By Lt. Kyle Schlais, NMCB 133 Public Affairs
Photos by MC2 Derek R. Sanchez
BUCN Taylor Mendonca, NMCB 133, teaches a Tajik soldier how to shim cross slats while building a roof during an international relations project with the Tajik Army.
Seabees assigned to Naval Mobile Construction Battalion (NMCB) 133 deployed to Dushanbe, Tajikistan, as part of a Global Peace Operations Initiative (GPOI), the first-ever Seabee mission in Tajikistan.
In support of the Office of Military Cooperation (OMC) and Tajikistan Ministry of Defense (MOD), the Seabee crew began construction alongside the MOD’s construction force, the Stroibat, Phase I of a $1 million project at the Peace Support Operation Training Center (PSOTC) at Shamsi Base, funded by GPOI.
To help boost the local economy and establish lasting relationships with contractors and vendors, the building materials were procured in nearby street vendor markets by Utilitiesman 1st Class Justin Walker, NMCB 133 project supervisor, and 1st Lt. Sunset Lo, Air Force contracting officer. The vendors delivered the materials ordered in a timely manner, enabling the project to move forward on schedule.
Seabees assigned to NMCB 133 work with the Tajik Army to rebuild, restore and remodel various buildings on Shamsi Military Base in Tajikistan.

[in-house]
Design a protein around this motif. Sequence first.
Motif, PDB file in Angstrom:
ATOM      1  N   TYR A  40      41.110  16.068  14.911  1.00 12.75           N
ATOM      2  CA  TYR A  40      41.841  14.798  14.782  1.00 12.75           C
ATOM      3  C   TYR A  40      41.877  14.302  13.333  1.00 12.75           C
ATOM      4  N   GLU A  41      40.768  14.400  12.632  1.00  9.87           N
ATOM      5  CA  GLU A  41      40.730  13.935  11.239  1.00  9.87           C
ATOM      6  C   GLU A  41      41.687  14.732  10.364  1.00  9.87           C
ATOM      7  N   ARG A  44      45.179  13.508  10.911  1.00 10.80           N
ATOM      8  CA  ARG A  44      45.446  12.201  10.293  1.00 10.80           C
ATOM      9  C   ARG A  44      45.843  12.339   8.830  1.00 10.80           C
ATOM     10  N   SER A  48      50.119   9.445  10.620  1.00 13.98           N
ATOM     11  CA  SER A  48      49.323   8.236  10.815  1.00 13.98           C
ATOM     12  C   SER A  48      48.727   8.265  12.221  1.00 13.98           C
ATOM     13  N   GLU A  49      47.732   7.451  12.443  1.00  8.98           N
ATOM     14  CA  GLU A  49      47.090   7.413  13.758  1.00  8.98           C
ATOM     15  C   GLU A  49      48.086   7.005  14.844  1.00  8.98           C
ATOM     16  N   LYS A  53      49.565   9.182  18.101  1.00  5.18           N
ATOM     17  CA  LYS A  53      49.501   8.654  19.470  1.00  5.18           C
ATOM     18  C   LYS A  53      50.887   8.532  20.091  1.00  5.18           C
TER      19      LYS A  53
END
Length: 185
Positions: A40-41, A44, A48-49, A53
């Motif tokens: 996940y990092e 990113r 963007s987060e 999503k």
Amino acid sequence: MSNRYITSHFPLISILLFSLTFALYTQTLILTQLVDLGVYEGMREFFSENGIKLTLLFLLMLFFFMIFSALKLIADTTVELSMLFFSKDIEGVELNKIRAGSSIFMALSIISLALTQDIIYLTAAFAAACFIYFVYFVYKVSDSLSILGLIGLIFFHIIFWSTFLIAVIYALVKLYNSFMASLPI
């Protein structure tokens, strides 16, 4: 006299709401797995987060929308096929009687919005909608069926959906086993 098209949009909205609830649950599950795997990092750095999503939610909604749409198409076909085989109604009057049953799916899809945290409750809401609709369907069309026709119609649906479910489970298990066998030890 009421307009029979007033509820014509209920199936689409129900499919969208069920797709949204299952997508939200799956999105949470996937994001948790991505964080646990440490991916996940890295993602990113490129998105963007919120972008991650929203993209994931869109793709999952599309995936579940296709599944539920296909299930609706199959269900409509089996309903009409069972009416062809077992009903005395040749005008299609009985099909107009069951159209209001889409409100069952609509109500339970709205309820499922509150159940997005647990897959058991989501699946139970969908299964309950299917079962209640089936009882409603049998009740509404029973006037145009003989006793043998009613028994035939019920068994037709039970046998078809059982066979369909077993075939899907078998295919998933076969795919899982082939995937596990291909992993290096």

Throughout Phase I, which included the construction of a new roof, English language lab classroom, kitchen renovations and electrical distribution repairs, the Seabees mentored 10 Stroibat soldiers, teaching them basic construction skills while building strong relationships through coordination with MOD Stroibat forces and communication with high-level Tajikistan military officers.
“Working with Stroibat has been a great experience,” said Builder Constructionman Xavier Knowlesball. “It has been educational working through language barrier challenges and I am honored to be a part of the crew.”
BUCN Xavier Knowlesball (right) and BUCN Taylor Mendonca, NMCB 133, search for obstructions before installing cross slats while building a roof during an international relations project with the Tajik Army.
Construction Electrician Constructionman Hunter Kiser reflected a similar sentiment.
“It has been an awesome experience working with the local construction force,” said Kiser. “Their hospitality is amazing and made our visit to Dushanbe easy, allowing us to focus on the tasking.”
With the first phase scheduled to conclude in January, planning for the second phase has already begun.